Fletcher substitutes legalism and antinomic relativism with what he calls “situational ethics.” In real-life situations, people have to accept the traditional rules and laws (which produce a less strict version of legalism) in which we try to operate (i.e. a less strict form of antinomic relativism). Fletcher`s ethics of common sense avoided the extremes of legalism and antinomianism by recognizing the removal of universal principles of real behavior that we can be sure of (e.g., lying is unethical) and, on the other hand, bridging the gap between these principles and the difficult choices that occur in everyday life (e.g., Lying in this situation can be ethical). The problem, however, is that situational ethics proposes the normative principle of “love” without providing a definition that would indicate what love requires of us in the face of ethical dilemmas. The Situationists condemn legalism and reject all rigid moral rules, claiming that the only thing necessary is to take into account the situation and what seems best from our point of view. For the Situationists, this is the most “loving” decision. Critics argue that the obvious flaw in the case of cohabitation and in the case of the affirmative pregnancy test is that agents have confused an unanalyzable and empty secular ethic of love with a substantial theological ethic of love as defined by God and enunciated in biblical and church teaching. Conclusion: The fundamental question for the Situationists is whether normative principles are not only valid in themselves, but also binding on everyone, at all times and in all places. Are these principles universal? But existential ethics – called “antinomy” because it absolutely rejects the authority of rules and laws – is also problematic because it absolutely rejects the authority of rules and laws. In contrast, situational ethics strives to identify the idea of “good” on the basis of an absolute principle (no rule, no annotation) and to do what is ethical in the circumstances. 50 So to really understand what we should do, Fletcher`s recipe that we should “ask what produces the most love in the situation” is particularly useless. It seems quite plausible that one person sees the situation one way and someone else sees it another, and so we get two different affirmations about what we should do.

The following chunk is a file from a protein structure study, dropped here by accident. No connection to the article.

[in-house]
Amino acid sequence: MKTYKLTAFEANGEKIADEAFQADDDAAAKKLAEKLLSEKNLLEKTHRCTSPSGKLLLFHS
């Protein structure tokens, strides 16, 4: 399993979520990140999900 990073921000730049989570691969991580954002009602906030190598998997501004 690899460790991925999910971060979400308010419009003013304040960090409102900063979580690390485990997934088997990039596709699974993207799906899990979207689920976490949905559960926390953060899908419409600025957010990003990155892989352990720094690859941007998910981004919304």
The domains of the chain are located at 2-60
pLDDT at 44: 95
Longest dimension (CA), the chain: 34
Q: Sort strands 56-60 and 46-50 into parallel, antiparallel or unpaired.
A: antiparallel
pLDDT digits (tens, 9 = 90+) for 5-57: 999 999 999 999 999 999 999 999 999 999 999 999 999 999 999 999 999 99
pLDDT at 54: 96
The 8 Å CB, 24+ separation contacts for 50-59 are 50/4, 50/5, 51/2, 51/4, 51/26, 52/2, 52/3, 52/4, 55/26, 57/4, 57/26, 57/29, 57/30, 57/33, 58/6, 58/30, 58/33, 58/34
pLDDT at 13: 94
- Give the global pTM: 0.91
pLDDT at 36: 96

You might think that`s okay, on Fletcher`s account. But remember that he rejects antinomianism (relativism). Fletcher rejected antinomianism because he understood the consequences of believing that there are no absolute rules and laws capable of governing all cultures, in all places and at all times. The error in antinomianism is illustrated by William Golding`s novel (1959) about a group of English altar boys, Lord of the Flies. The philosophy closest to antinomianism is Sartre`s existentialism. 15The situationalist pursues a pragmatic strategy. What does that mean? This does not mean that Fletcher is a pragmatist. “Pragmatism” is a very specific and well-elaborated philosophical position taken by John Dewey (1859 – 1952), Charles Peirce (1839 – 1914) and William James (1842 – 1910). Fletcher does not want his theory to be associated with these views and rejects all implications of this kind of “pragmatism”. Richard Jacobs points to Fletcher`s own description of his theory as “principal relativism” to explain Fletcher`s own argument that situational ethics is relativistic and has absolute love at its heart. Under the protest of academics, the program`s editors removed situational ethics from the part called “relativism,” leaving a kind of vacuum for students – we just don`t study pure level A relativistic theory – the one that comes closest to it, existentialism, is what Fletcher calls “antinomic” or anti-law.

My personal view is that we should continue to discuss situational ethics in the context of relativism while addressing some of the points raised by Richard Jacobs below. However, as I argue in an article reproduced on this site, relativism is an ambiguous concept with at least three meanings, special, consequentialist and subjective, and should therefore be treated with caution.